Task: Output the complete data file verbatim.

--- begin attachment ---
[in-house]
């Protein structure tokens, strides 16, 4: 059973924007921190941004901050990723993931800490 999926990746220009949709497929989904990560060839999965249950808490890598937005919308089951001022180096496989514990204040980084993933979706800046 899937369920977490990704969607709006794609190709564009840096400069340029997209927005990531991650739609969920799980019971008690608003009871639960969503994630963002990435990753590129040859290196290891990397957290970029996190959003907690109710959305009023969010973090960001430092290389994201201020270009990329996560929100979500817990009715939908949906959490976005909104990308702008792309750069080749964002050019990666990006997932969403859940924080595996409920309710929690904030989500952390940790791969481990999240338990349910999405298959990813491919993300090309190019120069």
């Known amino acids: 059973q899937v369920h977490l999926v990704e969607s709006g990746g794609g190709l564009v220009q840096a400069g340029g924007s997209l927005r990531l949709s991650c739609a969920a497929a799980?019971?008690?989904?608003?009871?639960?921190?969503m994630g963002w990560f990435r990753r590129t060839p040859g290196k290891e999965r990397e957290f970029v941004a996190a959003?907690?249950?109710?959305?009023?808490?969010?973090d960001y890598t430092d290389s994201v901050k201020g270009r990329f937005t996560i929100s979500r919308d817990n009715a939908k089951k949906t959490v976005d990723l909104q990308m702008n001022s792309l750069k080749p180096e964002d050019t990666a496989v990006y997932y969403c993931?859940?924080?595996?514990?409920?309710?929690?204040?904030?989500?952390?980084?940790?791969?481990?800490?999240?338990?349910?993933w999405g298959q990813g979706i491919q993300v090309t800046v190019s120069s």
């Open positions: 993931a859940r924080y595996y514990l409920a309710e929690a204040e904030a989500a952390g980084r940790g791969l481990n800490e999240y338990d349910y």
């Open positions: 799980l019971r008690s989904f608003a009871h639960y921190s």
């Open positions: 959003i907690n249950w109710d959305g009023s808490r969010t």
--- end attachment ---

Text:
[in-house]
């Protein structure tokens, strides 16, 4: 059973924007921190941004901050990723993931800490 999926990746220009949709497929989904990560060839999965249950808490890598937005919308089951001022180096496989514990204040980084993933979706800046 899937369920977490990704969607709006794609190709564009840096400069340029997209927005990531991650739609969920799980019971008690608003009871639960969503994630963002990435990753590129040859290196290891990397957290970029996190959003907690109710959305009023969010973090960001430092290389994201201020270009990329996560929100979500817990009715939908949906959490976005909104990308702008792309750069080749964002050019990666990006997932969403859940924080595996409920309710929690904030989500952390940790791969481990999240338990349910999405298959990813491919993300090309190019120069």
């Known amino acids: 059973q899937v369920h977490l999926v990704e969607s709006g990746g794609g190709l564009v220009q840096a400069g340029g924007s997209l927005r990531l949709s991650c739609a969920a497929a799980?019971?008690?989904?608003?009871?639960?921190?969503m994630g963002w990560f990435r990753r590129t060839p040859g290196k290891e999965r990397e957290f970029v941004a996190a959003?907690?249950?109710?959305?009023?808490?969010?973090d960001y890598t430092d290389s994201v901050k201020g270009r990329f937005t996560i929100s979500r919308d817990n009715a939908k089951k949906t959490v976005d990723l909104q990308m702008n001022s792309l750069k080749p180096e964002d050019t990666a496989v990006y997932y969403c993931?859940?924080?595996?514990?409920?309710?929690?204040?904030?989500?952390?980084?940790?791969?481990?800490?999240?338990?349910?993933w999405g298959q990813g979706i491919q993300v090309t800046v190019s120069s």
């Open positions: 993931a859940r924080y595996y514990l409920a309710e929690a204040e904030a989500a952390g980084r940790g791969l481990n800490e999240y338990d349910y």
């Open positions: 799980l019971r008690s989904f608003a009871h639960y921190s």
């Open positions: 959003i907690n249950w109710d959305g009023s808490r969010t």